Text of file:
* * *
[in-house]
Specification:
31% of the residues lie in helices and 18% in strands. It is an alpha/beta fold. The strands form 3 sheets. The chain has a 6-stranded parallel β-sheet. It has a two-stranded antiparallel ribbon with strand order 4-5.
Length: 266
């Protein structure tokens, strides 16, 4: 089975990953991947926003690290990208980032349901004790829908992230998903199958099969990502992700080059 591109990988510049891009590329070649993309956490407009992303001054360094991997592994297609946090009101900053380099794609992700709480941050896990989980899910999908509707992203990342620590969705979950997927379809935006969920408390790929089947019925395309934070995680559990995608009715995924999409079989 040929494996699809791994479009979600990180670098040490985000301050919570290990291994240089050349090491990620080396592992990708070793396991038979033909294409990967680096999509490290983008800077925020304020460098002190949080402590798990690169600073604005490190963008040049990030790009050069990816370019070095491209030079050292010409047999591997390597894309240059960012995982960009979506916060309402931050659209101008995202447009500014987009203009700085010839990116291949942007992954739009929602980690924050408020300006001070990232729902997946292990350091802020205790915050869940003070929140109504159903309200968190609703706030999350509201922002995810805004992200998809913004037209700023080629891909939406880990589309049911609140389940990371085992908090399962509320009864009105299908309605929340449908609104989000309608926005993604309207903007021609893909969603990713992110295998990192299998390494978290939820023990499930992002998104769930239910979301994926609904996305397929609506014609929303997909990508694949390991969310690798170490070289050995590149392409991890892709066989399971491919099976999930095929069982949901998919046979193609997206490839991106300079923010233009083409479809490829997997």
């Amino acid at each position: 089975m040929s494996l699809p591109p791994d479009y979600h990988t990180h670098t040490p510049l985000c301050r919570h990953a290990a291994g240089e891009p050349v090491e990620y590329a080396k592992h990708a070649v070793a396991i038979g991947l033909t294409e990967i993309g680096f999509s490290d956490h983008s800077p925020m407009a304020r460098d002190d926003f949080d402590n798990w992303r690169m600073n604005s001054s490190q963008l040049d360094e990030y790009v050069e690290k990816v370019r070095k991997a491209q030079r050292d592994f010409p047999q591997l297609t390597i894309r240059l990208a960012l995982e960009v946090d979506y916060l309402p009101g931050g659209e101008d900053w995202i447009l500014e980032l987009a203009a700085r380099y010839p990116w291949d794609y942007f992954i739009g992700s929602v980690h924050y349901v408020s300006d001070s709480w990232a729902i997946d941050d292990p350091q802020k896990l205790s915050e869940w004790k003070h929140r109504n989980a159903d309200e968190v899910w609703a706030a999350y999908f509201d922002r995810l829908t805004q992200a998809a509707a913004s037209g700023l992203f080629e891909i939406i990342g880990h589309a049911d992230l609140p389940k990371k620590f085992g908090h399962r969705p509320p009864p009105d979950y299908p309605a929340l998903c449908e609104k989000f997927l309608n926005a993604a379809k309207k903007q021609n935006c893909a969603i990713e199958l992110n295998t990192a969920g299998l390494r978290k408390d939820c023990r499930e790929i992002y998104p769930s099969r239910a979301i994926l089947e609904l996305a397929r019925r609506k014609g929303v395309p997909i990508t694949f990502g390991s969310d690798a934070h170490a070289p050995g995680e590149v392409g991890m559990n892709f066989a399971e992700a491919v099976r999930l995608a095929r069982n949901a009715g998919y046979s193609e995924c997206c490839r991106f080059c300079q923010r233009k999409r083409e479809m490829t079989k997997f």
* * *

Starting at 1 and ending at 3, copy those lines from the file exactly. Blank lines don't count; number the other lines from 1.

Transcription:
[in-house]
Specification:
31% of the residues lie in helices and 18% in strands. It is an alpha/beta fold. The strands form 3 sheets. The chain has a 6-stranded parallel β-sheet. It has a two-stranded antiparallel ribbon with strand order 4-5.